A Christmas Carol

Chances are, you’ve spent some time over the past few days rereading or watching Dickens’ famous story. Well-plowed ground! Think: Jim Carrey. Bill Murray. Charlie Brown. Alastair Sim. Reginald Owen.

Maybe we have a lesson to learn. Last week, Juliet Eilperin, in an insightful Washington Post piece, noted that environmentalists are soul-searching as they (we?) contemplate a perfect storm: recent setbacks in efforts to cap carbon dioxide emissions; Congressional turnover; and America’s struggle with high unemployment. How to respond to these new realities? Give up on Washington and do battle state-by-state? Fight defensive actions in the hostile Congress to protect EPA? Shame the White House into stiffening its spine? These and other alternatives are being mooted.

Wait a second! Do you see any soul-searching or contrition? This looks more like a simple shift in tactics.

Perhaps we too readily see environmental efforts as a competition, or a struggle, against a human enemy. We’re too predisposed to find those enemies (and allies who disappoint) under every rock – in the Congress, in the states, in the private sector, in the White House. And it’s not just the environmentalists who view things this way, is it? Most of us are far too quick to affiliate ourselves with one side in the conversation (whether pro-environment, pro-energy, pro-jobs…) and then morph the discussion – first into a fray, and then into a war.

When we think and act this way, we’re channeling one of the most famous soul-searchers of fiction: Ebenezer Scrooge.

Scrooge’s problem? He was self-centered, paranoid, and grasping. He saw life as zero sum. He had his doubts about every fellow man, including his former partner Marley. He saw time as an enemy. Granted, Scrooge hadn’t always been that way, nor had he become that way overnight. His life experiences had shaped him – made him progressively bitter over many years.

And increasingly cold. Dickens noted: “The cold within him froze his old features, nipped his pointed nose, shrivelled his cheek, stiffened his gait; made his eyes red, his thin lips blue; and spoke out shrewdly in his grating voice. A frosty rime was on his head, and on his eyebrows, and his wiry chin. He carried his own low temperature always about with him; he iced his office in the dog-days; and didn’t thaw it one degree at Christmas.”

Wow. If all seven billion of us were truly that cold, we could halt global warming! Or (other side of the coin), were we all so misanthropic, we’d make no progress whatever.

Scrooge didn’t see himself as having a choice in what he’d become. But embitterment was in fact a choice. Life had dealt Bob Cratchit and his family a similarly poor hand, and yet they were making something quite different of it.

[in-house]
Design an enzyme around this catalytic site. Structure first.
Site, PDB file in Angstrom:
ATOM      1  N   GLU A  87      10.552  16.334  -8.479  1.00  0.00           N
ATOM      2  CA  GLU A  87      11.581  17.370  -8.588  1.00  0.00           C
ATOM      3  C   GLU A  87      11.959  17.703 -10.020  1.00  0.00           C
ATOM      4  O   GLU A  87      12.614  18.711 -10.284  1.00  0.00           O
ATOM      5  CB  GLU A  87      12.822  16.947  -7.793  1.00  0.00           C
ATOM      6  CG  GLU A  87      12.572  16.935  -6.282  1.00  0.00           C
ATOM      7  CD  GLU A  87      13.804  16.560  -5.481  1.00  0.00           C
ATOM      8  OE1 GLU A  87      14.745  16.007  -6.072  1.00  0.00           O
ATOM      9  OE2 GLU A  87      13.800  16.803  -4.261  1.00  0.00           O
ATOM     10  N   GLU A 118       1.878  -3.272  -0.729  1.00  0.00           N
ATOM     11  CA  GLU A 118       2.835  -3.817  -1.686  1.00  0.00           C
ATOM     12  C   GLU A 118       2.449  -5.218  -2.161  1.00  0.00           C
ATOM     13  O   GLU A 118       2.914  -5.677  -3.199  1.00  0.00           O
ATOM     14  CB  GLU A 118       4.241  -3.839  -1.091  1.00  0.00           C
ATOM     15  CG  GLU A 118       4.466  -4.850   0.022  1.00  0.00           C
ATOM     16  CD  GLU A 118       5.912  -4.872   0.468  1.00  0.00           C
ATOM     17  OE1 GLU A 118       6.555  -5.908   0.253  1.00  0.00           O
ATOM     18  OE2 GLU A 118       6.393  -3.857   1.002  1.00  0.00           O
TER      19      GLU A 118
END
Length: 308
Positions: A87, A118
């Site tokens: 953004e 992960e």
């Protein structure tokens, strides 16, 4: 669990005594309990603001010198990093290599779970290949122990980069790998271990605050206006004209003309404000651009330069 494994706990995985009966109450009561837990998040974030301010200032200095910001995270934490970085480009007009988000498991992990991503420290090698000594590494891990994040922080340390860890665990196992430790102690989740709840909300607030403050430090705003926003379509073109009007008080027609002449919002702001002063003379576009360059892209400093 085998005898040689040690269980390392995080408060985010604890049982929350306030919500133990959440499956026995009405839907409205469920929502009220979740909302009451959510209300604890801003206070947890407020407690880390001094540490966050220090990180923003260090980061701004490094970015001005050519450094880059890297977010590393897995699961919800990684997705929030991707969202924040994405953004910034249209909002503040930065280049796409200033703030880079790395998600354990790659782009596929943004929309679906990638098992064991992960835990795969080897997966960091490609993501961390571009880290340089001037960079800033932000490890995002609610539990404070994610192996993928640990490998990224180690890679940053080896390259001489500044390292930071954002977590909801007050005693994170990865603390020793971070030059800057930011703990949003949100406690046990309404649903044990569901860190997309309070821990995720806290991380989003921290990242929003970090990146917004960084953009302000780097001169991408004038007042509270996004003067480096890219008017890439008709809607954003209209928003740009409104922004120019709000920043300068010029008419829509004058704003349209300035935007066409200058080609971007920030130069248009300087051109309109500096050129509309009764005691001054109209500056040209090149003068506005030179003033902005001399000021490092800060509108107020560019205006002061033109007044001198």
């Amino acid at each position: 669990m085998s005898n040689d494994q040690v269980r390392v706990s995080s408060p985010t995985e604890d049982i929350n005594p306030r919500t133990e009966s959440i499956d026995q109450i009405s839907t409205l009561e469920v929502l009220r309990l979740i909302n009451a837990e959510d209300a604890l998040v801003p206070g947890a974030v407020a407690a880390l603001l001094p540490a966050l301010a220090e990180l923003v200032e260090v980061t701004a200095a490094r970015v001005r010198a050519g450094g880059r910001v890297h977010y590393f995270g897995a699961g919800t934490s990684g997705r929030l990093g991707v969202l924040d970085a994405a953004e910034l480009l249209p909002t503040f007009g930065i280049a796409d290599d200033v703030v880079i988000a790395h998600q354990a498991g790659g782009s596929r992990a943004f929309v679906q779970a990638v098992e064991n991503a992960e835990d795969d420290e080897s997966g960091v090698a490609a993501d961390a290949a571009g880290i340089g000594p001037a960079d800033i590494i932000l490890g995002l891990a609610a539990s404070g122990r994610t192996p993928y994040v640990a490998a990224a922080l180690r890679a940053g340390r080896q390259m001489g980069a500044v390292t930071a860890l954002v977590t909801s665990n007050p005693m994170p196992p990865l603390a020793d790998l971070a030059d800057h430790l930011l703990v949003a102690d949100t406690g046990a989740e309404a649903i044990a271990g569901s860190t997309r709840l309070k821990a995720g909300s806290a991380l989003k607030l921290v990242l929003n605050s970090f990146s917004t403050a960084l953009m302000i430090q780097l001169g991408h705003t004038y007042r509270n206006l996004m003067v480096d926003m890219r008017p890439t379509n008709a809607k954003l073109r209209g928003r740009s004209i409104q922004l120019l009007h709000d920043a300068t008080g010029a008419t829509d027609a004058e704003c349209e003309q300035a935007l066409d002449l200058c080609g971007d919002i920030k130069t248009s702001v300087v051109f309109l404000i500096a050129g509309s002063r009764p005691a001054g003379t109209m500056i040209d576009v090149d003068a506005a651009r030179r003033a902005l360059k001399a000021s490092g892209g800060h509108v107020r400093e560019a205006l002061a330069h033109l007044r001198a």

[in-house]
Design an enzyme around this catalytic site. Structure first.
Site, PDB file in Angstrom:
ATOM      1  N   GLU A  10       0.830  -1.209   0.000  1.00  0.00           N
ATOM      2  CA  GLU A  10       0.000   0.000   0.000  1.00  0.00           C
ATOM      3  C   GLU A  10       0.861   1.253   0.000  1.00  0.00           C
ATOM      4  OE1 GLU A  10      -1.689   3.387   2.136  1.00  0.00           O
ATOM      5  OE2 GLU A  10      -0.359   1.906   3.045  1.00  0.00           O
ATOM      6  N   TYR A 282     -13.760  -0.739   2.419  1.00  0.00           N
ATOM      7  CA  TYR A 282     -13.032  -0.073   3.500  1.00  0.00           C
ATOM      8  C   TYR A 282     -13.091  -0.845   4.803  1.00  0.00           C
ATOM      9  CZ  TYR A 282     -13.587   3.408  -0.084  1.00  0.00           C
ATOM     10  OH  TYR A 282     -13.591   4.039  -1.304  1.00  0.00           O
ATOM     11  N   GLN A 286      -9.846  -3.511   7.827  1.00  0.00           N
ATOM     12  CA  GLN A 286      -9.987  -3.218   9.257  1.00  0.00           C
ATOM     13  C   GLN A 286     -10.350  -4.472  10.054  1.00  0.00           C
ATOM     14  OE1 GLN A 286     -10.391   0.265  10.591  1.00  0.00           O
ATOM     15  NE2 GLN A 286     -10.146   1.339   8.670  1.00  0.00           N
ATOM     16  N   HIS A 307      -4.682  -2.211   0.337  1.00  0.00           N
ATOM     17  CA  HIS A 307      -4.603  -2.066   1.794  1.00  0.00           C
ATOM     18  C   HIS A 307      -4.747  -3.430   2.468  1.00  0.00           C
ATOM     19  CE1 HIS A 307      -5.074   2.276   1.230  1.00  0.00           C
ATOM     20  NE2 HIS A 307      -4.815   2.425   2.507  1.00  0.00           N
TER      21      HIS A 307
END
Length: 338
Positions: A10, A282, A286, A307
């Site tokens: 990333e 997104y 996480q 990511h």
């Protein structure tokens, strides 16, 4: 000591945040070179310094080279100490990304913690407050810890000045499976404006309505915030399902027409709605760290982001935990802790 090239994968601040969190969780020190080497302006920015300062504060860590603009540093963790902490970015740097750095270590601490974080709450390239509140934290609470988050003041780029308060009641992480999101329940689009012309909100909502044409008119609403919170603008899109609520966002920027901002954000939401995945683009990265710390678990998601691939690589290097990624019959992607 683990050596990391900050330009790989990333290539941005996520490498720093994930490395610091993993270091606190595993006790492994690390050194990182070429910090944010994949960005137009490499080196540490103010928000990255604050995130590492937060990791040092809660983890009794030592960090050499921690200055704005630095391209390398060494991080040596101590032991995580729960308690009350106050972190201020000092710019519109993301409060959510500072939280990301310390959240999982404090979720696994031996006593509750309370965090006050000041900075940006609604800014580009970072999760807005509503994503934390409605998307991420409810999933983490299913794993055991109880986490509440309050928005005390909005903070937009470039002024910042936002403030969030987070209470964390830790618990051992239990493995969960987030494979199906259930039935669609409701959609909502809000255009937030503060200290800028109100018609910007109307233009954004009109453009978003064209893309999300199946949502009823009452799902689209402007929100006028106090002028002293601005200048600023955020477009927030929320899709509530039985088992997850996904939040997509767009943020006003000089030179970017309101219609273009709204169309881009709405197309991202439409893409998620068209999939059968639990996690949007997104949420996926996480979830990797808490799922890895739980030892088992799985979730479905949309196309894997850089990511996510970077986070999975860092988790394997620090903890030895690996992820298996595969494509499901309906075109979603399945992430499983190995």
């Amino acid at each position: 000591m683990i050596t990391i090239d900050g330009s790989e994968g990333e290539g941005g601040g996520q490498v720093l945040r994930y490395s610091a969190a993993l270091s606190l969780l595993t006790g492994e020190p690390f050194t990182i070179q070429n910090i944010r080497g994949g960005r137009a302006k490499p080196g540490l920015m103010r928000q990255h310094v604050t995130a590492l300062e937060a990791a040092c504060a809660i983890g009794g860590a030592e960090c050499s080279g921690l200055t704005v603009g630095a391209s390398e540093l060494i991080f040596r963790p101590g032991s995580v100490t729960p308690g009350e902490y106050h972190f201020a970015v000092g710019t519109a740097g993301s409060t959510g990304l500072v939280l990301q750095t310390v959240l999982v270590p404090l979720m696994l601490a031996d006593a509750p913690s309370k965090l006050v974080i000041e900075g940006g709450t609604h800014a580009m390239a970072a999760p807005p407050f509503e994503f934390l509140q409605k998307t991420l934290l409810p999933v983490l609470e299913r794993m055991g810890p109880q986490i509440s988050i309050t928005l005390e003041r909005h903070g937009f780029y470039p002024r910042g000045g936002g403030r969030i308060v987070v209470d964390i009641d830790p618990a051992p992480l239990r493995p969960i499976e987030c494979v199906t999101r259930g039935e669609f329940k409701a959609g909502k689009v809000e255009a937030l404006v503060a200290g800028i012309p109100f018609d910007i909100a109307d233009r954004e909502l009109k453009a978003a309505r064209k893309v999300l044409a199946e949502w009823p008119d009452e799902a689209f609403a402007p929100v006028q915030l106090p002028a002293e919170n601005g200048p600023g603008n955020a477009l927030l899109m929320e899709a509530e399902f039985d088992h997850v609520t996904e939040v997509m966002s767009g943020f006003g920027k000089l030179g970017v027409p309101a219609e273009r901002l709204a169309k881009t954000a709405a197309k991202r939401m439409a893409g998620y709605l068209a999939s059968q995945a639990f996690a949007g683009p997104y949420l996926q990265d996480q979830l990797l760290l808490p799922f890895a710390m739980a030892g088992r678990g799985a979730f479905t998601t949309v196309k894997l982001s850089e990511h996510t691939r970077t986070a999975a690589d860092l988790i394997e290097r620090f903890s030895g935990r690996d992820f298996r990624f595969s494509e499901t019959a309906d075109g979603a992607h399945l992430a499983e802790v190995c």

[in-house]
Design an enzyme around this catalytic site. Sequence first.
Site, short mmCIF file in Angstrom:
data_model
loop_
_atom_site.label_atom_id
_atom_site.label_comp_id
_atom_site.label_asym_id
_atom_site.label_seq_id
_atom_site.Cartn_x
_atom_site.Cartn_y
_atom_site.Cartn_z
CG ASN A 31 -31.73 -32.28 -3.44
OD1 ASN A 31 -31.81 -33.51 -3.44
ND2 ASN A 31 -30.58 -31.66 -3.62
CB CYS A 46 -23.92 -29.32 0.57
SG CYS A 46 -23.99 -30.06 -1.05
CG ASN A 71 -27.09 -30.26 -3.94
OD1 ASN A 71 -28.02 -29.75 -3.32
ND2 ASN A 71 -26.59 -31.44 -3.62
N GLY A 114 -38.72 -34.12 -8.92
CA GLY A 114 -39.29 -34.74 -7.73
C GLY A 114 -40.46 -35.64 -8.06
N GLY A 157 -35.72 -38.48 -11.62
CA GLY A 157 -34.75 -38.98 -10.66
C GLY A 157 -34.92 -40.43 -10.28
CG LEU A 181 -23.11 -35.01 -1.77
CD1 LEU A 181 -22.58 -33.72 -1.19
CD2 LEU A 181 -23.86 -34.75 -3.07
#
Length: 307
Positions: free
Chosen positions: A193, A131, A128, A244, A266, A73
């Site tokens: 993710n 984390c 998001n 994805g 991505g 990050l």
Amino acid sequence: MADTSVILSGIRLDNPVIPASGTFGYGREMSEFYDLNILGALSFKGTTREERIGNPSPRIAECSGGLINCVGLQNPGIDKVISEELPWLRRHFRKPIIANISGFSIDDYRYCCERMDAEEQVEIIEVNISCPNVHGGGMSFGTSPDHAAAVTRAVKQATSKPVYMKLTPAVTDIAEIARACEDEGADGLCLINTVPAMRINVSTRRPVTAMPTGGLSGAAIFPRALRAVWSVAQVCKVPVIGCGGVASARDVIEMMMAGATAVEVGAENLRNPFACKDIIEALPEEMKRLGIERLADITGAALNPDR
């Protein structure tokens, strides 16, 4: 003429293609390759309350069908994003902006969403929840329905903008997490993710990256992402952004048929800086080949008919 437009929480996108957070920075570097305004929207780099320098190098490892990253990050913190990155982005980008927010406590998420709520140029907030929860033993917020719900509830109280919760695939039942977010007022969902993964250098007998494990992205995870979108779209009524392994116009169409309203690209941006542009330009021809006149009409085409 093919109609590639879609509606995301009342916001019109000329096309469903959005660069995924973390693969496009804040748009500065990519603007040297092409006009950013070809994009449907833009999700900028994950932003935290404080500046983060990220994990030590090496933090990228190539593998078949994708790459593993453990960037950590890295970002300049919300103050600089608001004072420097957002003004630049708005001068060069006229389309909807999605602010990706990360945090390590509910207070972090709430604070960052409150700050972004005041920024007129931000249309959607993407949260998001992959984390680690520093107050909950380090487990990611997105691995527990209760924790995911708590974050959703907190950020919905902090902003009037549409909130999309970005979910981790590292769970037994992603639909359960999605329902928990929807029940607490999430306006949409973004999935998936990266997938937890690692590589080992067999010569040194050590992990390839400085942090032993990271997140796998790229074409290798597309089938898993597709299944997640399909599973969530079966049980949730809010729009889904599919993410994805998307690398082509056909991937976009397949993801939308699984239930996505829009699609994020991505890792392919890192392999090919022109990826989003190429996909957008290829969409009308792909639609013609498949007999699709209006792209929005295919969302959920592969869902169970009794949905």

In the same way, it’s likely that all parties in the environmental discussion still suffer the pain of past wounds and scars. Easy and natural enough to feel a bit under siege.

This mentality isn’t limited to just the environmental issues. We see the same bias toward conflict in health care, the economy, foreign policy… The reality is that Washington is populated by 600,000 people who were told by Mom and Dad to go out and make the world a better place. And the tragedy is that instead of looking around and seeing a 600,000-strong support group, we each see ourselves as alone…the only righteous ones.

At some level, every participant in these debates, of whatever stripe, probably sees a bit of all points of view, wishes for balance, but feels pressures of the 21st century world and resigns himself or herself to playing a limited, partisan role. Then there’s the added Upton-Sinclair effect: “It is difficult to get a man to understand something when his job depends on not understanding it.”

So, this Christmas, we might appropriately remember our common challenge – living successfully on a planet that is at one and the same time an indispensible resource, a threat, and a victim. This reality suggests that “we are all environmentalists, we all extract resources, we are all at risk from extremes of nature.” We should see each other as collaborators, and be glad of each other’s company, and receptive to any and all constructive ideas. There is no enemy. We can greet each other with calls of good cheer!

In A Christmas Carol, Scrooge was able to press the reset button. Perhaps when it comes to environmental advocacy, we can do the same in real life. And the real world – and our prospects on it – will be the better for it.

As Tiny Tim said, “God bless us, everyone.”

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